Trump Budget Hurts NASA’s Chance Of Shooting Down Asteroids, Finding Alien Life
Trump Budget Hurts NASA’s Chance Of Shooting Down Asteroids, Finding Alien Life. [Featured image by Bill Ingalls/NASA/Getty Images]

Trump Budget Hurts NASA’s Chance Of Shooting Down Asteroids, Finding Alien Life

Trump’s new budget proposal would axe NASA’s Europa lander mission, end the space agency’s Asteroid Redirect Mission, and complicate efforts to develop technology to shoot down dangerous space rocks.

The president’s proposal for NASA earmarks $19.1 billion for the space agency but eliminates some programs that have been under development for years, NASA’s acting administrator Robert Lightfoot told Space.com.

“Overall science funding is stable, although some missions in development will not go forward and others will see increases.

“We remain committed to studying our home planet and the universe, but are reshaping our focus within the resources available to us, a budget not far from where we have been in recent years, and which enables our wide ranging science work on many fronts.”

The cancellation of NASA’s ARM mission to put a captured asteroid into lunar orbit means an end to research dedicated to landing robots on space rocks, an ability the agency needs to redirect incoming asteroids. Testing of technology designed to extract resources from passing space rocks will also be cut.

[Image by NASA/Pat Rawlings/Getty Images]
[Image by NASA/Pat Rawlings/Getty Images]

NASA chose the asteroid Bennu as the objective for the ARM mission partly because the space rock has a chance of striking the Earth sometime in the far future and the agency wanted to study the possibility of changing its trajectory.

Already this year, three space rocks have buzzed Earth mere hours after being spotted for the first time, and NASA still has no way of shooting down asteroids that threaten the planet.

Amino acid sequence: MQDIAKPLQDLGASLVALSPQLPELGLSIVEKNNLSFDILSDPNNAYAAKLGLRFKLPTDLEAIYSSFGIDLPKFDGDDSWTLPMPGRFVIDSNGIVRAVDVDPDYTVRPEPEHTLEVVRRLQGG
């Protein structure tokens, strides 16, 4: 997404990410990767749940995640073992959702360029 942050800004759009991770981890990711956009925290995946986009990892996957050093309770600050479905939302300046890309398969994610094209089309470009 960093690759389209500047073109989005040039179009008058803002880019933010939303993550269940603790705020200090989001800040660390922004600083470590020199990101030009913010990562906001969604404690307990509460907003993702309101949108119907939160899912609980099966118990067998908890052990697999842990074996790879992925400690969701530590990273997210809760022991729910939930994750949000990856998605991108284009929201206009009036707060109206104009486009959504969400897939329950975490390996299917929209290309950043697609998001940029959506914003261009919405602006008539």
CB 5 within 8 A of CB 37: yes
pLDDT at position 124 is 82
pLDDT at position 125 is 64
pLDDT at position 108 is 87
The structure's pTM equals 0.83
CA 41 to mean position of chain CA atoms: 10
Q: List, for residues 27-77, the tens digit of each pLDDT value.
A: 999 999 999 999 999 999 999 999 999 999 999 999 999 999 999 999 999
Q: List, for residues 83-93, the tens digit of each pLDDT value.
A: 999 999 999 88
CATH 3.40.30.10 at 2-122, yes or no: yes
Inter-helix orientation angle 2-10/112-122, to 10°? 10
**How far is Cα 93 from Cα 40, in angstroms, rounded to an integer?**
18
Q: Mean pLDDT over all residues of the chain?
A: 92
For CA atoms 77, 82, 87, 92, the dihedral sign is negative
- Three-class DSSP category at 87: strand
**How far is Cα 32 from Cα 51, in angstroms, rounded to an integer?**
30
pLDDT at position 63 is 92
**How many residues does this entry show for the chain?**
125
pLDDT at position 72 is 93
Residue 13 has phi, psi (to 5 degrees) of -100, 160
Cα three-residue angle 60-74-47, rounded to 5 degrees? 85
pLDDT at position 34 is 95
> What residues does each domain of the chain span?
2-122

NASA’s inability to land on the asteroid Bennu also sets back plans for mining passing space rocks for valuable materials, an ability the agency will need to develop human colonies on Mars.

Other technological developments, like NASA’s solar propulsion method, can still be used on future missions into deep space, Lightfoot told the Verge.

“I have had personal involvement with this team and their progress for the past few years, and am I extremely proud of their efforts to advance this mission.”

[Image by NASA/Pat Rawlings/Getty Images]
[Image by NASA/Pat Rawlings/Getty Images]

Trump’s budget for NASA also cancels the space agency’s plan to land a probe on Jupiter’s moon Europa in the solar system’s best quest for alien life.

The $2 billion Europa Clipper flyby mission will still launch in 2022 and arrive at Jupiter in 2029, but without the lander designed to explore the moon’s oceans, according to Space.com.

“To preserve the balance of NASA’s science portfolio and maintain flexibility to conduct missions that were determined to be more important by the science community.”

The Europa lander mission was added by Congress in 2015 and was designed to explore the icy oceans of Jupiter moon, a place scientists consider to be the best place to find alien life in the solar system.

The $19.1 billion Trump proposed for NASA represents a 0.8 percent cut, or about $200 million, from the space agency’s 2016 budget.

Despite rumors about a return to the moon, Trump’s budget for NASA contains no such language, so the space agency is still on a mission to Mars. Funding for NASA’s Space Launch System and accompanying Orion spacecraft continue on par with levels needed to send humans to Mars sometime in the 2030s.

Without an increase in funding, however, the space agency probably won’t be sending astronauts on a trip around the moon, an idea NASA started exploring a few weeks ago.

Also missing from the budget is funding for NASA’s proposed cislunar station designed to encourage the developing space-based economy and replace the aging International Space Station, which is scheduled to be abandoned in 2024. Trump’s budget does, however, contain language encouraging the public-private partnership in future space missions.

What do you think about Trump’s proposed cuts to NASA’s programs?

[Featured image by Bill Ingalls/NASA/Getty Images]

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